Backyard Science

The value of the Academy's studies in threatened areas of China, Myanmar, and the Galápagos Islands
cannot be overstated. But some of our most important research is going on right under our noses. Work at Mountain Lake is turning science students into student-scientists.

Arial view of Mountain Lake
Arial view of Mountatin Lake

In a corner of the Presidio is Mountain Lake, one of the few natural freshwater lakes in San Francisco-and a perfect outdoor laboratory. Jack Laws and Joseph Kinyon of the Academy's education department bring area students there to conduct research: they assess water quality, monitor zooplankton and bird diversity, and observe reptile and amphibian activity. Participants learn how (and why) to observe carefully and collect data; then, how to use these data to evaluate the lake's health.

Human activity has harmed Mountain Lake. It used to be over 30 feet deep. But fill from construction in the surrounding area was dumped into the lake, and today it is only nine feet deep and roughly half its original size. Additionally, runoff from the neighboring road and golf course and invasion by nonnative species continue to plague the lake ecosystem.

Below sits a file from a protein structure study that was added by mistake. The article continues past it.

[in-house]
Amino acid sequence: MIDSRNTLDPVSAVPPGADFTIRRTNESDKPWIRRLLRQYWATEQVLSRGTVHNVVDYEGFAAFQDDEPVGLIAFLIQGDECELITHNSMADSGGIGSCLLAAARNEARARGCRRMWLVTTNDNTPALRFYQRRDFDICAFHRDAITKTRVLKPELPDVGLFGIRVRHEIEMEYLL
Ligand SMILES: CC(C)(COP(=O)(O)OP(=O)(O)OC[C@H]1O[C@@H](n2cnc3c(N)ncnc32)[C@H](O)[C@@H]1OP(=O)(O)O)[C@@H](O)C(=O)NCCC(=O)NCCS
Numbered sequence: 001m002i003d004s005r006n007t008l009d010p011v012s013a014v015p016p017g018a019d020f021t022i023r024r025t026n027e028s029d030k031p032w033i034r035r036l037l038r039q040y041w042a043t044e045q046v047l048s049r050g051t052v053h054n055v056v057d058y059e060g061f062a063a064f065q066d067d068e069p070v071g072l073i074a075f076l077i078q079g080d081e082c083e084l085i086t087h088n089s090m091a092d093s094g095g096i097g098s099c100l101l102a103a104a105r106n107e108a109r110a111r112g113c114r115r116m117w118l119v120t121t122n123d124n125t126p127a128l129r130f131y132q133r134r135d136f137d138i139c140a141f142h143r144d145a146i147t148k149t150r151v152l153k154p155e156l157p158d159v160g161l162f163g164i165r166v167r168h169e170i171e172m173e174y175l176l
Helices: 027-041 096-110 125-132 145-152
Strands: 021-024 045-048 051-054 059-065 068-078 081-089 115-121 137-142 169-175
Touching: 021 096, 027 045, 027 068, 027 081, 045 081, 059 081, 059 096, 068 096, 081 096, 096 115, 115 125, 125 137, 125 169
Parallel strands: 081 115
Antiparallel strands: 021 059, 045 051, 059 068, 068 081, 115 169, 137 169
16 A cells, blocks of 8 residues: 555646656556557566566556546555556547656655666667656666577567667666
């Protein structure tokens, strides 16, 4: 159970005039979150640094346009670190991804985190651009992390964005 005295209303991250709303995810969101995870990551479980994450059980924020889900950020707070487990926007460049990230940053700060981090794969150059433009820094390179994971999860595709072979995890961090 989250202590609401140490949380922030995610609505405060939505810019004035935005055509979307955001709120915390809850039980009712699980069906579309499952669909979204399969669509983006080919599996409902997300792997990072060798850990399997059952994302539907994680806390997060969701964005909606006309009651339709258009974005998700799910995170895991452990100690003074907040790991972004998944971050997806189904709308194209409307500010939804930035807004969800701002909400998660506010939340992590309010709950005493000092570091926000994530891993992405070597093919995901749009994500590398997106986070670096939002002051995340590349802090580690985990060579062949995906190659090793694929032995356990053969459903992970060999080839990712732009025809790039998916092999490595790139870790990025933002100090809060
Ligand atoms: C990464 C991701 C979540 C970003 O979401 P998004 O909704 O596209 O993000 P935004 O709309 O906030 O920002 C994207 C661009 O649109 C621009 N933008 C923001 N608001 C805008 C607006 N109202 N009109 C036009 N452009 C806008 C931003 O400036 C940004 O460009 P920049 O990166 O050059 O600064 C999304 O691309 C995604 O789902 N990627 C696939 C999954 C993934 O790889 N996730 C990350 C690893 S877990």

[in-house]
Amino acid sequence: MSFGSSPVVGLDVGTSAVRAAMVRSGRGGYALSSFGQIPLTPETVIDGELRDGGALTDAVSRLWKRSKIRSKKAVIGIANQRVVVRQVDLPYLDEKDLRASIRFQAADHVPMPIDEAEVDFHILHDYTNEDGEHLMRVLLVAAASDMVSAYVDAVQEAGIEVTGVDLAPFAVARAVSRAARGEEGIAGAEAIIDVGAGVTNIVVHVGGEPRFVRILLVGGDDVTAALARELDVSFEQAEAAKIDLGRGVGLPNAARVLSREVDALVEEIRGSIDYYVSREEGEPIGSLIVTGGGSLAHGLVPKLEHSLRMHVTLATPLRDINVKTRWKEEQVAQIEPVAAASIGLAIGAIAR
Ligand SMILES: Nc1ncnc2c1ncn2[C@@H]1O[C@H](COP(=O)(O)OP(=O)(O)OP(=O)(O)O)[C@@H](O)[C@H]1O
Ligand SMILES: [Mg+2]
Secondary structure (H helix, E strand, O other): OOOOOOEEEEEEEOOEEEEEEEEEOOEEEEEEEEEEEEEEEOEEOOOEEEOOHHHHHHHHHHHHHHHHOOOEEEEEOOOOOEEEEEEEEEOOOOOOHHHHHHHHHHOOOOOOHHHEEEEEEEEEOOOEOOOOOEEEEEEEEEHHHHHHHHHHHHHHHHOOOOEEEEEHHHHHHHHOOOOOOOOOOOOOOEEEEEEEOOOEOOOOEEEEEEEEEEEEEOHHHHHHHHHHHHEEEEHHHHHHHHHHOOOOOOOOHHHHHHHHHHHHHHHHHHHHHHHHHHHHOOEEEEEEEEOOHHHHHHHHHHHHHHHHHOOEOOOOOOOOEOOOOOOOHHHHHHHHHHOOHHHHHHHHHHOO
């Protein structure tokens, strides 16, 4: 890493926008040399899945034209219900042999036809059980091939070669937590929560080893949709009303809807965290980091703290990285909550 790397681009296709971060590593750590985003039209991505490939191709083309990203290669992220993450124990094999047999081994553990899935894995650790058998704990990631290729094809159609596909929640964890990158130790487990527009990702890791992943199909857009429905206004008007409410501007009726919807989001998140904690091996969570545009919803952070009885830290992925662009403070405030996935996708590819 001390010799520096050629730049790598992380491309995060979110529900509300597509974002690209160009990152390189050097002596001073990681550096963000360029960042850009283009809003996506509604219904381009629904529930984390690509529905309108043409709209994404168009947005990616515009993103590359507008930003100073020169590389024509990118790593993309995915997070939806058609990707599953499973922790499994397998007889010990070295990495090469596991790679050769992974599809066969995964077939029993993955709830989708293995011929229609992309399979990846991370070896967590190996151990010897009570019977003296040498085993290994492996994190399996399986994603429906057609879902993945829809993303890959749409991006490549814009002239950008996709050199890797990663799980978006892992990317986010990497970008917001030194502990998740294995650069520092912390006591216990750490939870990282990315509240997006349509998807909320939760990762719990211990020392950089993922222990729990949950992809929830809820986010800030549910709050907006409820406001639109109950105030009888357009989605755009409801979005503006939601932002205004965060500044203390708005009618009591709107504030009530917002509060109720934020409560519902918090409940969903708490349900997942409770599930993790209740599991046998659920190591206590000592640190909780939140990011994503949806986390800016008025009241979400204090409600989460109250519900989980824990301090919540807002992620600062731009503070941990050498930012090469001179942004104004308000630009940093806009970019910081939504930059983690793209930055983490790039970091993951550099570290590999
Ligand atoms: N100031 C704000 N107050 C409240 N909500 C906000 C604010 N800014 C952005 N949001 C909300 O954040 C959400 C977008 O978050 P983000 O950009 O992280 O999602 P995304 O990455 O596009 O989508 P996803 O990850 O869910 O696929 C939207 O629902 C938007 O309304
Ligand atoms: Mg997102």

The student-scientists will continue to provide necessary information to restore the lake and return a thriving natural community to our backyard.

Caption for Photo of Mt. Lake Our work at the lake is part of the Mountain Lake Enhancement Project, which is managed by the Golden Gate National Parks Association, National Park Service, and Presidio Trust. City College of San Francisco, California State University of San Francisco and the following area schools participate: Kittredge Elementary, University High, Wallenberg High, Presidio Middle School Girls Science Club, and Galileo Academy of Science and Technology

students take sample near lake
Two students take samples near the lake.

example from student notebook
Example from student notebook.